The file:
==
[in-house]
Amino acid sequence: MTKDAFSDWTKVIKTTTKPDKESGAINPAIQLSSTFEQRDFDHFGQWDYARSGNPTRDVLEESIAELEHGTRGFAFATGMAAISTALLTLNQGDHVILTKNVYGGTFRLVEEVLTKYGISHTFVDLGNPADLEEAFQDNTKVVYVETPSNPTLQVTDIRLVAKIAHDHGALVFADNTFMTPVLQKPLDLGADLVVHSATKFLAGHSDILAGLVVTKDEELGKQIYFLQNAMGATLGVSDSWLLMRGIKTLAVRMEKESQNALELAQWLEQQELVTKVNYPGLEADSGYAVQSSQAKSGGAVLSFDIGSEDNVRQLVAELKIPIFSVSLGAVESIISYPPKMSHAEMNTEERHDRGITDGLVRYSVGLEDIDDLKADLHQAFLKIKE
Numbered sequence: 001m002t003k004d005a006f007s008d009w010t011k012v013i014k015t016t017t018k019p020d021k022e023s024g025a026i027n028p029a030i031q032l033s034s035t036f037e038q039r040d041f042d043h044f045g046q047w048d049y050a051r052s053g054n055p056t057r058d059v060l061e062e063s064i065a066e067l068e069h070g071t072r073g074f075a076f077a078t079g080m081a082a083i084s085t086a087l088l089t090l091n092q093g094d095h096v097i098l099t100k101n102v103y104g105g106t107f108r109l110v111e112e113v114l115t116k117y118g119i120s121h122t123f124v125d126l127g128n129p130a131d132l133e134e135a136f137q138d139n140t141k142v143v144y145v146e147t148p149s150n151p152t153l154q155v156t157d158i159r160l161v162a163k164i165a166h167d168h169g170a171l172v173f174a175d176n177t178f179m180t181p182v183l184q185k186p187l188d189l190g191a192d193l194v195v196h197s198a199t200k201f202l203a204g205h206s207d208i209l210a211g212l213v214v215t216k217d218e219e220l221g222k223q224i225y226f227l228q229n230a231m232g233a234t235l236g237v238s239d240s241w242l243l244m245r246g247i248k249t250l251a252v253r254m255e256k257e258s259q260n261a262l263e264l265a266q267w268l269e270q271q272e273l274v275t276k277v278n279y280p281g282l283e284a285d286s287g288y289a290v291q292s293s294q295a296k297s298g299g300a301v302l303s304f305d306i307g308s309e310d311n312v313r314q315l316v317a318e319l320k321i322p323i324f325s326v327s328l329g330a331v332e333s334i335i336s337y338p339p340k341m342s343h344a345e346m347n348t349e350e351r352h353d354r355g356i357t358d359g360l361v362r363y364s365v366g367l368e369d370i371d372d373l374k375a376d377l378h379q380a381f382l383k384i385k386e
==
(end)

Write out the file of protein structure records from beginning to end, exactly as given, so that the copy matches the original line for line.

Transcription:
[in-house]
Amino acid sequence: MTKDAFSDWTKVIKTTTKPDKESGAINPAIQLSSTFEQRDFDHFGQWDYARSGNPTRDVLEESIAELEHGTRGFAFATGMAAISTALLTLNQGDHVILTKNVYGGTFRLVEEVLTKYGISHTFVDLGNPADLEEAFQDNTKVVYVETPSNPTLQVTDIRLVAKIAHDHGALVFADNTFMTPVLQKPLDLGADLVVHSATKFLAGHSDILAGLVVTKDEELGKQIYFLQNAMGATLGVSDSWLLMRGIKTLAVRMEKESQNALELAQWLEQQELVTKVNYPGLEADSGYAVQSSQAKSGGAVLSFDIGSEDNVRQLVAELKIPIFSVSLGAVESIISYPPKMSHAEMNTEERHDRGITDGLVRYSVGLEDIDDLKADLHQAFLKIKE
Numbered sequence: 001m002t003k004d005a006f007s008d009w010t011k012v013i014k015t016t017t018k019p020d021k022e023s024g025a026i027n028p029a030i031q032l033s034s035t036f037e038q039r040d041f042d043h044f045g046q047w048d049y050a051r052s053g054n055p056t057r058d059v060l061e062e063s064i065a066e067l068e069h070g071t072r073g074f075a076f077a078t079g080m081a082a083i084s085t086a087l088l089t090l091n092q093g094d095h096v097i098l099t100k101n102v103y104g105g106t107f108r109l110v111e112e113v114l115t116k117y118g119i120s121h122t123f124v125d126l127g128n129p130a131d132l133e134e135a136f137q138d139n140t141k142v143v144y145v146e147t148p149s150n151p152t153l154q155v156t157d158i159r160l161v162a163k164i165a166h167d168h169g170a171l172v173f174a175d176n177t178f179m180t181p182v183l184q185k186p187l188d189l190g191a192d193l194v195v196h197s198a199t200k201f202l203a204g205h206s207d208i209l210a211g212l213v214v215t216k217d218e219e220l221g222k223q224i225y226f227l228q229n230a231m232g233a234t235l236g237v238s239d240s241w242l243l244m245r246g247i248k249t250l251a252v253r254m255e256k257e258s259q260n261a262l263e264l265a266q267w268l269e270q271q272e273l274v275t276k277v278n279y280p281g282l283e284a285d286s287g288y289a290v291q292s293s294q295a296k297s298g299g300a301v302l303s304f305d306i307g308s309e310d311n312v313r314q315l316v317a318e319l320k321i322p323i324f325s326v327s328l329g330a331v332e333s334i335i336s337y338p339p340k341m342s343h344a345e346m347n348t349e350e351r352h353d354r355g356i357t358d359g360l361v362r363y364s365v366g367l368e369d370i371d372d373l374k375a376d377l378h379q380a381f382l383k384i385k386e